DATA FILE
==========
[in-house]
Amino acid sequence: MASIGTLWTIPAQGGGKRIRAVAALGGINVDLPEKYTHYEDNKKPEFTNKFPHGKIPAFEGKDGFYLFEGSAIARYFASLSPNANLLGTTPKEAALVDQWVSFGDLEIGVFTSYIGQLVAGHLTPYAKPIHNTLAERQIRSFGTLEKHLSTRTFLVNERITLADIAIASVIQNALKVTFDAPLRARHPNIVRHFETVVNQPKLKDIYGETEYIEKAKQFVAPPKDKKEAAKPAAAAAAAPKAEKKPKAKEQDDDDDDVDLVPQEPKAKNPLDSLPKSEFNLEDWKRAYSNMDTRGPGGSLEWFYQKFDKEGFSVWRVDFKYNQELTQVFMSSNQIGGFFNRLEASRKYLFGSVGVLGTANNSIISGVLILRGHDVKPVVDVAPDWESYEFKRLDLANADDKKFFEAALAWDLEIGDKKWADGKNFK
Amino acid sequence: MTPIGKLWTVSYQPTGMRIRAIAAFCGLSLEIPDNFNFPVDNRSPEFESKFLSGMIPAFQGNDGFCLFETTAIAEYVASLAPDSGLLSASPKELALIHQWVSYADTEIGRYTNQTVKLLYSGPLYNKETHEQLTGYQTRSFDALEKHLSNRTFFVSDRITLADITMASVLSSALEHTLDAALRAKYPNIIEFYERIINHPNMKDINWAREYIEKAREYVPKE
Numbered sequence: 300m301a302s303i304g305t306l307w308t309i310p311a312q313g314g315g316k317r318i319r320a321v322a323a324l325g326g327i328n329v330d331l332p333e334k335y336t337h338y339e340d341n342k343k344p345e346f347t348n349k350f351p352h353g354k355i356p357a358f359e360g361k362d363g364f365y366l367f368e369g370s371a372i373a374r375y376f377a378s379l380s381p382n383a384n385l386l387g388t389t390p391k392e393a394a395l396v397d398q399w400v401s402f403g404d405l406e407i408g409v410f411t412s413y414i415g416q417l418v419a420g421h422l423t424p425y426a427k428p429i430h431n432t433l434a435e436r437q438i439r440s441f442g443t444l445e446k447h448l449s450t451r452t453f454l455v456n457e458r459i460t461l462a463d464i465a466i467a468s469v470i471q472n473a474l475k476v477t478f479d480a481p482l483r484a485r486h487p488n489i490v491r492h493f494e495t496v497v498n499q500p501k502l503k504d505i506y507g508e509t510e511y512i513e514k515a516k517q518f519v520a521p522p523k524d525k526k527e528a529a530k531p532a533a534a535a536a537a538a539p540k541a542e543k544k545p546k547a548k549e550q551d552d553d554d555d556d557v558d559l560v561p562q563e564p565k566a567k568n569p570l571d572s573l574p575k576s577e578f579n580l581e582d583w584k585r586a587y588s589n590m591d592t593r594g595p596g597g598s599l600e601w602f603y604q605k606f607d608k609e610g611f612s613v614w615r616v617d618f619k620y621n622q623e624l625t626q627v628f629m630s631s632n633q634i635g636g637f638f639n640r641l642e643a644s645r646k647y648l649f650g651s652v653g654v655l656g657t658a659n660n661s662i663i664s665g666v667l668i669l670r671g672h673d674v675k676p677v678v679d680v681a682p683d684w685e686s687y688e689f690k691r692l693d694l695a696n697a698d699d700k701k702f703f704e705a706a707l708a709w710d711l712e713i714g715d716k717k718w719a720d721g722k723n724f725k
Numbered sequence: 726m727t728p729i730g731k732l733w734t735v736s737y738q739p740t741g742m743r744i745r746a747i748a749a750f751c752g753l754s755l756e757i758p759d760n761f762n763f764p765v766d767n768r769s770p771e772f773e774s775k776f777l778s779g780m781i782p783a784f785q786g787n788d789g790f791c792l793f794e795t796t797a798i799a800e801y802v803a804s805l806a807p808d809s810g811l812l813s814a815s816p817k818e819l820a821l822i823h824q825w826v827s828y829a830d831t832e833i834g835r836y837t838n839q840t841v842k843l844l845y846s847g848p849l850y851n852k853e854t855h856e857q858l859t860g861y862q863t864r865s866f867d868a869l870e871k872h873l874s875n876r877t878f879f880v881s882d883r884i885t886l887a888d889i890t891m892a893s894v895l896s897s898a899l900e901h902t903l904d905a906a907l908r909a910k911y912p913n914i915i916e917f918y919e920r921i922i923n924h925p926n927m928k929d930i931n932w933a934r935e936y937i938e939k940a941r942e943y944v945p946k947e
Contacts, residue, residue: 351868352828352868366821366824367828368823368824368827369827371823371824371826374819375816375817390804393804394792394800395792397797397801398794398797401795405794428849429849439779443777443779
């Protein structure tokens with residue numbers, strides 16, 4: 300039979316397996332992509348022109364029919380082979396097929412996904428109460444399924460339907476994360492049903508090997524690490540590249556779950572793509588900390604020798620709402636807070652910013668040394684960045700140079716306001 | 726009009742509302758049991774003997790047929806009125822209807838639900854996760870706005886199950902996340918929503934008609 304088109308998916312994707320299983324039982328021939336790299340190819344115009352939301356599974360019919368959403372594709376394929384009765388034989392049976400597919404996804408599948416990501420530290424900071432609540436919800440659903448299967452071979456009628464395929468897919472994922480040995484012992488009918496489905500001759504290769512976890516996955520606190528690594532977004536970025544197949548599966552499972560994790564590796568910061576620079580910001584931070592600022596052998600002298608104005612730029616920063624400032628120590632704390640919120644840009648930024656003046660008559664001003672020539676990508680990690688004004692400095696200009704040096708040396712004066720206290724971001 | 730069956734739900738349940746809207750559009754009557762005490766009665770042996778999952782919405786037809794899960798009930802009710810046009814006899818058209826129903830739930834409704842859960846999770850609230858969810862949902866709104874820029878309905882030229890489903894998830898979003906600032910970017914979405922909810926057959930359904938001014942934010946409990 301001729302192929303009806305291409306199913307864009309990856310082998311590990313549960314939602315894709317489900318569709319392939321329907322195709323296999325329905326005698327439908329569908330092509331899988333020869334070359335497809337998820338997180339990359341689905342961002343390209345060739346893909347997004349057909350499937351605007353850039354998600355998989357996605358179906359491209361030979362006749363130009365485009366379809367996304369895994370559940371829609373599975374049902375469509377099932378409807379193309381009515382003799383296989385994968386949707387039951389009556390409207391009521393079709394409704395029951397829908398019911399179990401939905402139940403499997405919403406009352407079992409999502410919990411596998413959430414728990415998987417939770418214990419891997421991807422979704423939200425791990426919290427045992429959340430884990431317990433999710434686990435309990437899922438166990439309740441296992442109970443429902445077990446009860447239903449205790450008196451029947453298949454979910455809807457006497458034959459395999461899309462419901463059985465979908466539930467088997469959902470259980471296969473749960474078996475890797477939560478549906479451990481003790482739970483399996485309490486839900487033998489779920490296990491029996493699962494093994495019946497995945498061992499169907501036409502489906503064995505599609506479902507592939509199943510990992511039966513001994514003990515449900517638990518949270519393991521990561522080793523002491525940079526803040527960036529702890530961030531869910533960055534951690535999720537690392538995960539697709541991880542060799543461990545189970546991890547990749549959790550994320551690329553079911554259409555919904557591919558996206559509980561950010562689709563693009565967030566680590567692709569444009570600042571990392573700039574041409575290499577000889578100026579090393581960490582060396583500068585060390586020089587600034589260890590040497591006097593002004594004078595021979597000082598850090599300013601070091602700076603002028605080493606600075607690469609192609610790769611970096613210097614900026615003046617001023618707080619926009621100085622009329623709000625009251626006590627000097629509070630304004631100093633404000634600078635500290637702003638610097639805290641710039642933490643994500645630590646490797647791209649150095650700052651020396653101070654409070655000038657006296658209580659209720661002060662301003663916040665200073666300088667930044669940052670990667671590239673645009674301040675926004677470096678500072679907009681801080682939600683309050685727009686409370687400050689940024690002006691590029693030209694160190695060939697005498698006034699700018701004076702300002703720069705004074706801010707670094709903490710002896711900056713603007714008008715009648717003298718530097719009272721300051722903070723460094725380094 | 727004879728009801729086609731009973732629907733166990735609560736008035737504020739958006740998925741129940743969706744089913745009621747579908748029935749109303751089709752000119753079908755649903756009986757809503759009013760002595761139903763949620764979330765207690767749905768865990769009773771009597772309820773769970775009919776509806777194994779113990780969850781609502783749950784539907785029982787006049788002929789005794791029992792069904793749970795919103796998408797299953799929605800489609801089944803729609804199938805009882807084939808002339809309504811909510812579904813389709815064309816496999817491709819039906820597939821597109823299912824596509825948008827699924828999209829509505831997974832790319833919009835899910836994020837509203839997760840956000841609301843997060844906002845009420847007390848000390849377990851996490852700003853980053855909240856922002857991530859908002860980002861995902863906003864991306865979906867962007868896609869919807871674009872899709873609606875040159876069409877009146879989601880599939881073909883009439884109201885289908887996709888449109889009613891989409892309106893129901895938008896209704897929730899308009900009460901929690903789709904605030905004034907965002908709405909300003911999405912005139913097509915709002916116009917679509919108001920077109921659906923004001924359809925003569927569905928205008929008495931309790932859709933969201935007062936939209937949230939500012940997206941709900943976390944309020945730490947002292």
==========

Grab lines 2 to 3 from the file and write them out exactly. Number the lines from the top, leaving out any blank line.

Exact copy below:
Amino acid sequence: MASIGTLWTIPAQGGGKRIRAVAALGGINVDLPEKYTHYEDNKKPEFTNKFPHGKIPAFEGKDGFYLFEGSAIARYFASLSPNANLLGTTPKEAALVDQWVSFGDLEIGVFTSYIGQLVAGHLTPYAKPIHNTLAERQIRSFGTLEKHLSTRTFLVNERITLADIAIASVIQNALKVTFDAPLRARHPNIVRHFETVVNQPKLKDIYGETEYIEKAKQFVAPPKDKKEAAKPAAAAAAAPKAEKKPKAKEQDDDDDDVDLVPQEPKAKNPLDSLPKSEFNLEDWKRAYSNMDTRGPGGSLEWFYQKFDKEGFSVWRVDFKYNQELTQVFMSSNQIGGFFNRLEASRKYLFGSVGVLGTANNSIISGVLILRGHDVKPVVDVAPDWESYEFKRLDLANADDKKFFEAALAWDLEIGDKKWADGKNFK
Amino acid sequence: MTPIGKLWTVSYQPTGMRIRAIAAFCGLSLEIPDNFNFPVDNRSPEFESKFLSGMIPAFQGNDGFCLFETTAIAEYVASLAPDSGLLSASPKELALIHQWVSYADTEIGRYTNQTVKLLYSGPLYNKETHEQLTGYQTRSFDALEKHLSNRTFFVSDRITLADITMASVLSSALEHTLDAALRAKYPNIIEFYERIINHPNMKDINWAREYIEKAREYVPKE